All official Wine Spectator tastings are held in private rooms, under optimum conditions.
Our tasting coordinators organize the wines into flights by varietal, appellation or region.
Each flight may consist of 20 to 30 wines, and no more than two flights are tasted by a taster each day.
Bottles are coded and bagged, and all capsules and corks are removed. Other necessary efforts are made to conceal the wines' identity from the tasters.
The tasters are told only the general type of wine (varietal and/or region) and the vintage. No information about the winery or the price of the wine is available to the tasters while they are tasting.
How are the wines tasted?
Each tasting begins with a previously rated wine, which is tasted non-blind as a reference point.
Other previously rated wines are included among the blind wines to ensure consistency.
The tasters enter notes and ratings directly into our database prior to removal of the bags.
While entering their reviews, the tasters only see the code that matches that of the bag covering the wine they are tasting, and blank spaces for their note, score and drink recommendation.
Ratings are based on potential quality: how good the wines will be when they are at their peak. For ageable wines, we suggest a year or range of years to start drinking the wine.
Additional comments may be added to a tasting note after the identity of the wine has been revealed, but the score is never changed.
Price is not taken into account in scoring, though the notes may be edited to include comments about price and value after the scores are determined.
How many times is a wine tasted?
All wines that taste corky or show other major flaws are blind-tasted again from new bottles.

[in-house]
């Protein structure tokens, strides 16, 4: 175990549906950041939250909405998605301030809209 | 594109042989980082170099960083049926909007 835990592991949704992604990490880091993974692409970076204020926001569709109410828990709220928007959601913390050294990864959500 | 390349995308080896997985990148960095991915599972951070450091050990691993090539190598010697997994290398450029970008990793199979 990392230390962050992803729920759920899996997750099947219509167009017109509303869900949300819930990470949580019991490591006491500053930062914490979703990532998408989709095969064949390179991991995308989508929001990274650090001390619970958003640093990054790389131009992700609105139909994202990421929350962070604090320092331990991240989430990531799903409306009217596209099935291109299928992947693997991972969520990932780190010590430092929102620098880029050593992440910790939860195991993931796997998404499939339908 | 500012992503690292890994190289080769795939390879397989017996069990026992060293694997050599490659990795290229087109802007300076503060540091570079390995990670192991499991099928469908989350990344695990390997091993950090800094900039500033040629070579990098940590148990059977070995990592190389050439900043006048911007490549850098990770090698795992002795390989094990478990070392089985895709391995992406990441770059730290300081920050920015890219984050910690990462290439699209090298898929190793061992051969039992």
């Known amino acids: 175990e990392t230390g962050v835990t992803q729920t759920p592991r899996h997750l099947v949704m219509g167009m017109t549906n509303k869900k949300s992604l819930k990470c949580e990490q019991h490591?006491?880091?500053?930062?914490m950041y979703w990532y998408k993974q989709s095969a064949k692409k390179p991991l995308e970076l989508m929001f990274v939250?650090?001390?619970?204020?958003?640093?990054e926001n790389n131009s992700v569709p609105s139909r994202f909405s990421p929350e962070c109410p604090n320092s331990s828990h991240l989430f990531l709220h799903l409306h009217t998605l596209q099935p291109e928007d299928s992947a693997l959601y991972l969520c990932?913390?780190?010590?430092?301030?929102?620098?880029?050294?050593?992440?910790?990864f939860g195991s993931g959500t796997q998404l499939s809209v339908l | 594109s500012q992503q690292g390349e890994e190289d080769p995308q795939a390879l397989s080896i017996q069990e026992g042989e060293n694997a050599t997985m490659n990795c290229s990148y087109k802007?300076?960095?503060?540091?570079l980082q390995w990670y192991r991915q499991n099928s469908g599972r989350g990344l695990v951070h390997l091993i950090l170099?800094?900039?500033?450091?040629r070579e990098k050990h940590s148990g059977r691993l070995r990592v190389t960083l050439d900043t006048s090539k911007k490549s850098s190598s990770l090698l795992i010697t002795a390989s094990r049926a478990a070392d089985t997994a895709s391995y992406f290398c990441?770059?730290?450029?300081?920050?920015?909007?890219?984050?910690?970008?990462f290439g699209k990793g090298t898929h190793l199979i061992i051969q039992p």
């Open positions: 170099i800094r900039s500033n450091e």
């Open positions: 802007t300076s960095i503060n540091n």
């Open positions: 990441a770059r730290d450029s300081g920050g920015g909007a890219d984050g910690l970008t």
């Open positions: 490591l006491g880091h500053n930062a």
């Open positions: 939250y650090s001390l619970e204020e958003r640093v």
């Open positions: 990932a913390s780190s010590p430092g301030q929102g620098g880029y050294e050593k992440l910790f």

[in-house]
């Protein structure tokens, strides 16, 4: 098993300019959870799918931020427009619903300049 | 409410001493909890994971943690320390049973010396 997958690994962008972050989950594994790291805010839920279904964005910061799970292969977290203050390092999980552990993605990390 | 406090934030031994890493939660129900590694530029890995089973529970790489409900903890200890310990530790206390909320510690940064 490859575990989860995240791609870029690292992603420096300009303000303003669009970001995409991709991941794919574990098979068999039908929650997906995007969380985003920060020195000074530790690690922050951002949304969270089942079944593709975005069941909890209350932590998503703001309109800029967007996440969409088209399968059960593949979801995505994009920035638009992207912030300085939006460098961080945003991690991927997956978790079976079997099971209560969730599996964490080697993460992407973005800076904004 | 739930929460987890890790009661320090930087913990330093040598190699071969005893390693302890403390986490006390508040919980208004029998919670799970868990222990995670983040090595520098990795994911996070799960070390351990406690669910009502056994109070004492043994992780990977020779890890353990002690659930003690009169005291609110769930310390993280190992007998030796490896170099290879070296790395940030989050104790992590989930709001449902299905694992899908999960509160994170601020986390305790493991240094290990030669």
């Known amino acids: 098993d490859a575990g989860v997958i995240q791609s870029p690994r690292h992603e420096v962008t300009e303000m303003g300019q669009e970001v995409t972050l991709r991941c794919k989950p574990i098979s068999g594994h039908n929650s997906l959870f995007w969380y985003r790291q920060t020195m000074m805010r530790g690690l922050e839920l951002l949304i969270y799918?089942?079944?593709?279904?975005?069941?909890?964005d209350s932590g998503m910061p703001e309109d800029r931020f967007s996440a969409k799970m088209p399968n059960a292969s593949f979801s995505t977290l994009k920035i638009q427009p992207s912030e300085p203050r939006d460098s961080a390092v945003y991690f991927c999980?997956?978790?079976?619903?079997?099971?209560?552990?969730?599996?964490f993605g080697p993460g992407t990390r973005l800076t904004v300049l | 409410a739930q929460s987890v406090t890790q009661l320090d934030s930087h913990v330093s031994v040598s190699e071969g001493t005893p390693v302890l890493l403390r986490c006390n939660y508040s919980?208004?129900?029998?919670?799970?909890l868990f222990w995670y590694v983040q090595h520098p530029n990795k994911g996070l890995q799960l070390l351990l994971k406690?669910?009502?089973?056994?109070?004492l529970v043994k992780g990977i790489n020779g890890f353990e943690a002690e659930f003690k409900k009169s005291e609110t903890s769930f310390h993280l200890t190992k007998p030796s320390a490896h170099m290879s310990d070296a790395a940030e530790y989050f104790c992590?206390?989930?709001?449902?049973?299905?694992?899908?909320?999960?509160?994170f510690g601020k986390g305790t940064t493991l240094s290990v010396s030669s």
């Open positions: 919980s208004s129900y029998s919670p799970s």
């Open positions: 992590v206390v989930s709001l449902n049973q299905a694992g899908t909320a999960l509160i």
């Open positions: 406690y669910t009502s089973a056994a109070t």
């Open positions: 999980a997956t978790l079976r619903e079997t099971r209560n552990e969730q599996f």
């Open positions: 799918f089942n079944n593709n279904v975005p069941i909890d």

Wines that score highly are also frequently tasted again from new bottles, in order to confirm our impressions.
Ratings reflect how highly our taster regards each wine relative to other wines.
Other Aspects of Our Tastings
We also conduct both blind and non-blind tastings of barrel samples—that is, wines that are not yet finished and bottled—from certain wine regions, including Bordeaux, California Cabernet and Vintage Port.
Each wine is rated using a range of scores, and we clearly identify that these ratings and reviews apply to barrel samples. The filtering, fining and blending that may occur from barrel to bottle can alter the finished wines, and we feel these broader score ranges are a more reliable indicator of the wine's future potential.
As of March 2008, to give the tasters more flexibility and describe the wines more accurately, we are changing the score ranges we use for unfinished wines to rolling four-point spreads. For example, one wine may be scored 85-88, another 87-90, another 89-92. We believe this will better reflect the subtle differences between wines, and give our readers better information for their buying decisions.
Occasionally we report on vertical or horizontal tastings that are not blind, organized by wineries or wine collectors.
We always disclose this in the article, and these notes and scores are separate from the new releases section of our Buying Guides.
On our website, editors sometimes review finished wines nonblind in unofficial tastings, from their cellars or at restaurants, in their blogs and in our What We're Drinking Now section. These scores are always noted as unofficial and/or nonblind (if applicable) in the tasting note.